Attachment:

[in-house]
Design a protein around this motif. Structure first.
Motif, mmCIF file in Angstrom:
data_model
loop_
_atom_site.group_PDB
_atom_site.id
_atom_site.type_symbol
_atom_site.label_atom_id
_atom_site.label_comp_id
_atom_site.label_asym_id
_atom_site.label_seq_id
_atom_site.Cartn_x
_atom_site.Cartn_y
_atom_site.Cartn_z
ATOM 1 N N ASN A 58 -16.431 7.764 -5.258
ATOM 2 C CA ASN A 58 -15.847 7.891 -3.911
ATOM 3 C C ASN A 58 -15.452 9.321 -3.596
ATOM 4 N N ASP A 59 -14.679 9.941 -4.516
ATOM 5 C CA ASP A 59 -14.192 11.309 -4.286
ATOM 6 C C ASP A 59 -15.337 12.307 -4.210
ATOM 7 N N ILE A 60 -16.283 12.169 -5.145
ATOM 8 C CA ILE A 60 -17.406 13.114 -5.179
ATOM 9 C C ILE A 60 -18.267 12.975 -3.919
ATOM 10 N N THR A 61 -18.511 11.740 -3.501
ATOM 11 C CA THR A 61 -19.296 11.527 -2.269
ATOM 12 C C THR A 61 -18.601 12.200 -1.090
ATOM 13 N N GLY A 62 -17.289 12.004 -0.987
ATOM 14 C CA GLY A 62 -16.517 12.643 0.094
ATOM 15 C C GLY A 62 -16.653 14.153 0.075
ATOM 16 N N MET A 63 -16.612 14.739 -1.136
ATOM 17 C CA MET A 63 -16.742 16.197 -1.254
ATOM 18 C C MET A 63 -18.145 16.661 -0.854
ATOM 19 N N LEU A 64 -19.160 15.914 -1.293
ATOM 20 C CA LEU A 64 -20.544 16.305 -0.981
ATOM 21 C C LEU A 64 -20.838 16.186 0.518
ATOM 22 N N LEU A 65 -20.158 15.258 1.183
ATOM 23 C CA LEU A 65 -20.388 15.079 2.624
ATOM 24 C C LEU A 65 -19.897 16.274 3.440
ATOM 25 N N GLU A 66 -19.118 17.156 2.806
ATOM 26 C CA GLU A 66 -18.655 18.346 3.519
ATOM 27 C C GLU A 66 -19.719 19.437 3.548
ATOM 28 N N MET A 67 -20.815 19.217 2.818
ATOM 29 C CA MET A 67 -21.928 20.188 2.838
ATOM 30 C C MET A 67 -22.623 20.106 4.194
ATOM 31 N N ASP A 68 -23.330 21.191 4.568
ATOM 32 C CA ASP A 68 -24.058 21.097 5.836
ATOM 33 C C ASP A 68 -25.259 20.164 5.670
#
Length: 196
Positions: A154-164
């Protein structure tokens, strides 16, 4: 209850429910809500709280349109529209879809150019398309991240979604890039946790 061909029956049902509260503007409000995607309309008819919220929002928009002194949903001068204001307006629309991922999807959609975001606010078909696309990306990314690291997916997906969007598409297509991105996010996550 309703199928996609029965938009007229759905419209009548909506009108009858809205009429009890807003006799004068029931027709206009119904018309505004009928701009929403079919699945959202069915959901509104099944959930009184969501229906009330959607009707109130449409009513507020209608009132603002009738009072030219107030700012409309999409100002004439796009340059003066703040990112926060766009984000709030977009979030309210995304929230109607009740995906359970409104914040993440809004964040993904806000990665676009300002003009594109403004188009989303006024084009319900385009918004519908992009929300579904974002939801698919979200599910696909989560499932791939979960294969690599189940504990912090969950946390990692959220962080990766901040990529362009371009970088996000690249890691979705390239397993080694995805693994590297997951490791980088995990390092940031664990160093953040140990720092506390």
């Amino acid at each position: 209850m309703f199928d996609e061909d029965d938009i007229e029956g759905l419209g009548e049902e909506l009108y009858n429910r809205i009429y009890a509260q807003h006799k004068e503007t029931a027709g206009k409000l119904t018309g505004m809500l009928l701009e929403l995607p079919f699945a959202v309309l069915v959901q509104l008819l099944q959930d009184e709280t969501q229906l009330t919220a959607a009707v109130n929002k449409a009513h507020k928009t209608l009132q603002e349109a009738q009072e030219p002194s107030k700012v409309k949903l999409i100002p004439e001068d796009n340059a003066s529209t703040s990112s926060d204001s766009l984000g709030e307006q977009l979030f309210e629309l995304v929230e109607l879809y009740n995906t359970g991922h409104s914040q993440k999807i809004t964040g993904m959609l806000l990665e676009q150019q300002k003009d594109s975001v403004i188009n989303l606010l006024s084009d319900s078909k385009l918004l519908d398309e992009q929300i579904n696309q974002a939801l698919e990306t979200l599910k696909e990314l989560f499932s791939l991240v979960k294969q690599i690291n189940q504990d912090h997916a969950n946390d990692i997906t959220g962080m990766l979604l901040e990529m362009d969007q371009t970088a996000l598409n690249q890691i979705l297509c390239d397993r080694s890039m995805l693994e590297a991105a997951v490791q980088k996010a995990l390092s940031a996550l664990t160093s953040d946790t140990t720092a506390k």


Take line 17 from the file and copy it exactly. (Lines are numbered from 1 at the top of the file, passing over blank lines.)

ATOM 2 C CA ASN A 58 -15.847 7.891 -3.911